Continuing our 2021 MLB reports, powered by Rawlings Sports (2021 Glove Report), let’s take a look at the bats and batting gloves used by the pros in 2021. Bats are often in a state of flux for the average Big Leaguer. Players may switch bats from at-bat to at-bat, for a good reason, or no reason at all. Meanwhile, some players are so secure in their hit tool that they swing the same bat for their entire career.
In these reports, WPW polls MLB starters only (not pitchers) based on Its not a perfect science.team pages with a few additions. We look for and reward regular usage, or loyalty. By that, we mean that we look for the bat (or bats) that a player uses most. We count up to two bat brands per player, so if a player swung a bat brand for one game only, it isn’t counted. The best way to view this data is to think of it as a measure of loyalty. There are some bats that weren’t counted because, based on our observations, they weren’t used as much as a player’s other bats.
What Wood Bat Do You Swing?
For the wood bat swingers out there, what do you swing currently?
Recapping 2019 Results
Lets take a look at the 2019 numbers (Full 2019 Report) and then jump into the 2021 results:
What Bats Do MLB Players Swing in 2021?
In 2019, Marucci and sister-company Victus asserted dominance of the Major League landscape. The two brands covered 22% and 18% of hitters respectively. While two in five MLB starters swung the two-headed monster of Marucci and Victus, Louisville Slugger supplied the wood for 12% of the league’s starters, followed by Old Hickory (11%), Chandler (8%), Rawlings (5%), and Sam Bat (5%). With this background knowledge, let’s take a look at the usage in 2021.
Bats Swung by MLB Starters in 2021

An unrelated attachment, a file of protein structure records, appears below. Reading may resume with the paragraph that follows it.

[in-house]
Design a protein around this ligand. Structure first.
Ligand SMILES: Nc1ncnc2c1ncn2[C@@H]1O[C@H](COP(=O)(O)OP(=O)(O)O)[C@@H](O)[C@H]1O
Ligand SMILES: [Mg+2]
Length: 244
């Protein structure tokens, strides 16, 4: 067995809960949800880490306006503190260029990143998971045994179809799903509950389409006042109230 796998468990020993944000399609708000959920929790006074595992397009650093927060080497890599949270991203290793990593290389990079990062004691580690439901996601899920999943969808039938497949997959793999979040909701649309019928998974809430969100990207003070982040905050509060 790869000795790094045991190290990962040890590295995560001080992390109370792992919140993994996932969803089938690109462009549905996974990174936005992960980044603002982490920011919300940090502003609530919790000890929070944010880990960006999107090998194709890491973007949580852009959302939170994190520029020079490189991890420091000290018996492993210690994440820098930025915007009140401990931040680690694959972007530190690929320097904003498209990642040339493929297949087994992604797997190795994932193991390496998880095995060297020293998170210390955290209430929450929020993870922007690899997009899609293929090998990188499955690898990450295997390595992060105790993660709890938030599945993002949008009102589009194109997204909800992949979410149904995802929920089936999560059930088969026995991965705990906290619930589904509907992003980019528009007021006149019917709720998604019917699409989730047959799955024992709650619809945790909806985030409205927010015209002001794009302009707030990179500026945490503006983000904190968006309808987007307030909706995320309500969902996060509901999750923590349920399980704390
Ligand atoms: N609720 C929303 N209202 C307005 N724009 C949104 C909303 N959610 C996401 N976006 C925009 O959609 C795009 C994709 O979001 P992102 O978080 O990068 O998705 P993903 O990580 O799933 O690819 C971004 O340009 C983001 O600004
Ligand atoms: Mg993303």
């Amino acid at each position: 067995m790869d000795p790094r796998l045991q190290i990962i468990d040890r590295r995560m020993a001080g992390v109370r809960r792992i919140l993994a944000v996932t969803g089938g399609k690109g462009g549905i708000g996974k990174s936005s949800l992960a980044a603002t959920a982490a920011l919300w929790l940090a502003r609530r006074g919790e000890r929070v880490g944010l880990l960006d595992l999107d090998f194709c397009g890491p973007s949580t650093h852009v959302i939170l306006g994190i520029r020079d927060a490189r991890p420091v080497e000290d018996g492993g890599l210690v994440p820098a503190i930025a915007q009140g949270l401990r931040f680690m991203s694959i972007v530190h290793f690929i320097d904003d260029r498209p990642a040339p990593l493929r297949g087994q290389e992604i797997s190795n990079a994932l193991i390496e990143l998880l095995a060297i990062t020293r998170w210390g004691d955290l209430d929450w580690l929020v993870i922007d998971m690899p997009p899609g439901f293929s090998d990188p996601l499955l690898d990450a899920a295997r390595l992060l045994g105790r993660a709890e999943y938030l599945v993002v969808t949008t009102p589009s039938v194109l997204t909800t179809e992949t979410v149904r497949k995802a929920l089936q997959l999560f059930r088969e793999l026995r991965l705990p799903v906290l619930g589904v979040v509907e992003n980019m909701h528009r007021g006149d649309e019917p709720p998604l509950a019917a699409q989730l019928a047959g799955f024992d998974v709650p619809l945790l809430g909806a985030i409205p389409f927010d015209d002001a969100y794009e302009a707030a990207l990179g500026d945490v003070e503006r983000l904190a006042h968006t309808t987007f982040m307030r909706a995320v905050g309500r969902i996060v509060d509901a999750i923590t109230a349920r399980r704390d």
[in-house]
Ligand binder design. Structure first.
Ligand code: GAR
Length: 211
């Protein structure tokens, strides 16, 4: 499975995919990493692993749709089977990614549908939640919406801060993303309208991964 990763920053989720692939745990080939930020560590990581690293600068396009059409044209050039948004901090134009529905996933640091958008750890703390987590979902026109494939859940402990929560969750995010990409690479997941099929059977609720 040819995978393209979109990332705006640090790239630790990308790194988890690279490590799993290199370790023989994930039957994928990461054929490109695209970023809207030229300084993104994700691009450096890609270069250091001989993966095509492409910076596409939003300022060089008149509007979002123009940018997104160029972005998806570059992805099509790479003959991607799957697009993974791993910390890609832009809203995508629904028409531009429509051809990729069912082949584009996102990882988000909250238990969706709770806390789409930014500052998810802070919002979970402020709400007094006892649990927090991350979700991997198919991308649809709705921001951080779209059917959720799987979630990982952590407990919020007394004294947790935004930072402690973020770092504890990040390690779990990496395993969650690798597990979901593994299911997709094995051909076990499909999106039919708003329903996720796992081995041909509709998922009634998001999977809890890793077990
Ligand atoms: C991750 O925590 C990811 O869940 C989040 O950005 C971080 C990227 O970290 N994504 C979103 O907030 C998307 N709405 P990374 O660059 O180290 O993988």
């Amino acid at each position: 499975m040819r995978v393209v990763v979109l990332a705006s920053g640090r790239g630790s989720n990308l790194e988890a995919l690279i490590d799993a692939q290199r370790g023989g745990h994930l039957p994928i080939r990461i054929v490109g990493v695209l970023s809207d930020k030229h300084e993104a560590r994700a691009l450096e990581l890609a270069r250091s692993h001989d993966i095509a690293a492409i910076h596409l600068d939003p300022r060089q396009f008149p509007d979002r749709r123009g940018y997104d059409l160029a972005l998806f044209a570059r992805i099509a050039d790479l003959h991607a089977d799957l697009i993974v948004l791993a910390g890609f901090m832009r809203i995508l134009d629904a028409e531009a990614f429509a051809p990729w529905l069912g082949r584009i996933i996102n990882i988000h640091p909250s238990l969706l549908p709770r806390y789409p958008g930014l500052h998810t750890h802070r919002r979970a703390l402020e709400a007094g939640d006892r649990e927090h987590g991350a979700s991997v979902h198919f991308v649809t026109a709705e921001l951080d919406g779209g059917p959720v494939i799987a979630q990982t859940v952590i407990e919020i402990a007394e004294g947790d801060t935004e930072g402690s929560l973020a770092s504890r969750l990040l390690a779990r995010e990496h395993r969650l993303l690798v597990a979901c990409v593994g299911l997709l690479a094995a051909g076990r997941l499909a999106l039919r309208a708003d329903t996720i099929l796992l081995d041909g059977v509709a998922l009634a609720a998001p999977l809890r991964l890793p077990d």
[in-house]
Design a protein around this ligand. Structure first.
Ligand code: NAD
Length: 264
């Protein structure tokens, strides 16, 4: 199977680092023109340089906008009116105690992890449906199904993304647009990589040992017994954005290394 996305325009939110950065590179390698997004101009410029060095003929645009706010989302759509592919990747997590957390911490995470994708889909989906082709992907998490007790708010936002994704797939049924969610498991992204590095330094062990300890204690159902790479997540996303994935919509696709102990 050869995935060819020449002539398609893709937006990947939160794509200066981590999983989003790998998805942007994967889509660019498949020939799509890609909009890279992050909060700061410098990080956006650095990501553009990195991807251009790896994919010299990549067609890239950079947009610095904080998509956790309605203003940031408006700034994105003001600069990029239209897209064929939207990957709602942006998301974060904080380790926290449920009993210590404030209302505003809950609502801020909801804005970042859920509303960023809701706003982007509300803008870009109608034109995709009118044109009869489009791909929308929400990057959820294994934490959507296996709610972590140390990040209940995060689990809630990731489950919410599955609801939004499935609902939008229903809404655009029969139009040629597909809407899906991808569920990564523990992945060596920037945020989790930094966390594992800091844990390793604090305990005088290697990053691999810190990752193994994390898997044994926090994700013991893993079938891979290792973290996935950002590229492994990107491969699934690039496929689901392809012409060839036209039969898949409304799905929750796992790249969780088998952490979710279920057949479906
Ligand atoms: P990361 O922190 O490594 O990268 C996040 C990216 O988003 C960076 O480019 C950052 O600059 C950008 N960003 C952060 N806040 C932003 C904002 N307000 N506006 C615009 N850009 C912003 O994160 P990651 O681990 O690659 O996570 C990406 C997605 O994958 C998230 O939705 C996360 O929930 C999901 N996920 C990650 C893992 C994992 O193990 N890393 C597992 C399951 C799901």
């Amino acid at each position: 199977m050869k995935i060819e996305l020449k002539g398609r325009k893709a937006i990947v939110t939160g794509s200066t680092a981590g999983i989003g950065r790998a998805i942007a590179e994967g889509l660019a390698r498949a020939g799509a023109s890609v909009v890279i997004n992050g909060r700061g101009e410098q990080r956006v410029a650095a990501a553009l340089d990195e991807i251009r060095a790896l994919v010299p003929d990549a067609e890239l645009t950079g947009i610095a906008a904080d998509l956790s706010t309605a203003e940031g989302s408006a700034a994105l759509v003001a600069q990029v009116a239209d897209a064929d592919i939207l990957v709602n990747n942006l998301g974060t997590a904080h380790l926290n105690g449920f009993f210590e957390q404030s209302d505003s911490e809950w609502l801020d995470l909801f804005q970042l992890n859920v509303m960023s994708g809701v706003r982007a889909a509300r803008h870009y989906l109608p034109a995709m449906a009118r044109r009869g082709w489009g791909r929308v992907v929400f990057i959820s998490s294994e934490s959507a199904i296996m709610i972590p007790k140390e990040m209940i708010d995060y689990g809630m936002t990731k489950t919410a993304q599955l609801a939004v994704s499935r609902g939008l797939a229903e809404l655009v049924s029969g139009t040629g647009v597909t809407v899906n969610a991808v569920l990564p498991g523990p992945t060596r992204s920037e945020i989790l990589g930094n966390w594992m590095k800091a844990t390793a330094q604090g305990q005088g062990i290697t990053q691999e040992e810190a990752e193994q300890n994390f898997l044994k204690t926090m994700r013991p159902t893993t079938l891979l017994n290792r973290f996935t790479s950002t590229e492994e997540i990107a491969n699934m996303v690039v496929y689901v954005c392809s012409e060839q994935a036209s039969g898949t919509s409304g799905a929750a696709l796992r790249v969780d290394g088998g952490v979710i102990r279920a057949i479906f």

Victus | 24% of Bats Used by MLB Starters (+6% from 2019)
Victus, born in 2012 in a tiny garage in Blackwood, NJ, has soared to the pinnacle of wood bat-making, and is now the most popular bat in Major League Baseball in 2021. Victus is swung by the very best hitters in the game, including Rafael Devers, Fernando Tatis Jr., and Mookie Betts.
The Victus brand, acquired by Marucci back in 2017, is known for its ProPACT finish, a compression process that makes Victus bats as hard out of the box as any in the sport. Of the compression technology, Victus CEO Jared Smith says, “We want our bats to dent the ball, we don’t want the ball to dent our bats.“
Victus has attracted big names in recent years. Both Fernando Tatis Jr. and Manny Machado have made the switch to Victus. Aaron Judge has swapped out Chandler for Victus. The co-leader in homeruns in the MLB also switched brands to Victus, as Salvador Perez swapped his Rawlings bat for a new Victus stick entering 2021.
Victus bats were swung by 24% of the league, up from 18% in 2019. Here are some MLB star hitters swinging Victus wood:
- Tim Anderson
- Fernando Tatis Jr.
- Aaron Judge
- Jose Ramirez
- Salvador Perez
- Manny Machado
- Jose Altuve
- Mookie Betts
- Rafael Devers
Marucci | 22% of Bats Used by MLB Starters (No change from 2019)
Despite being overtaken by Victus, the very company that Marucci acquired in 2017, for the top spot, Marucci still maintained its usage by 22% of MLB starters. Combined, Victus and Marucci are swung by almost half of all Major League starters.
Louisville Slugger | 15% of Bats Used by MLB Starters (+3% from 2019)
After leading the way for over a century, Louisville Slugger has settled in as the third most popular bat among MLB starters, swung by 15% of them. Slugger’s roster of players includes reigning offensive player of the year Vladimir Guerrero Jr., 2019 NL MVP Cody Bellinger, and perennial All-Star Justin Turner. Here are some of the other star hitters who swing Slugger:
Old Hickory | 10% of Bats Used by MLB Starters (-1% from 2019)
Old Hickory maintains it’s spot as the fourth most popular bat brand, swung by 10% of MLB starters. However, Old Hickory lost ground to its closest competitor, Louisville Slugger, who is swung by 41 starting hitters to Old Hickory’s 28. Compared to 2019 when there was a 1% difference between the brands, now a 5% gap separates them. Nevertheless, the two best hitters in baseball (in my opinion), Mike Trout and Juan Soto, swing Old Hickory with regularity. Here are some other stars who swing Old Hickory: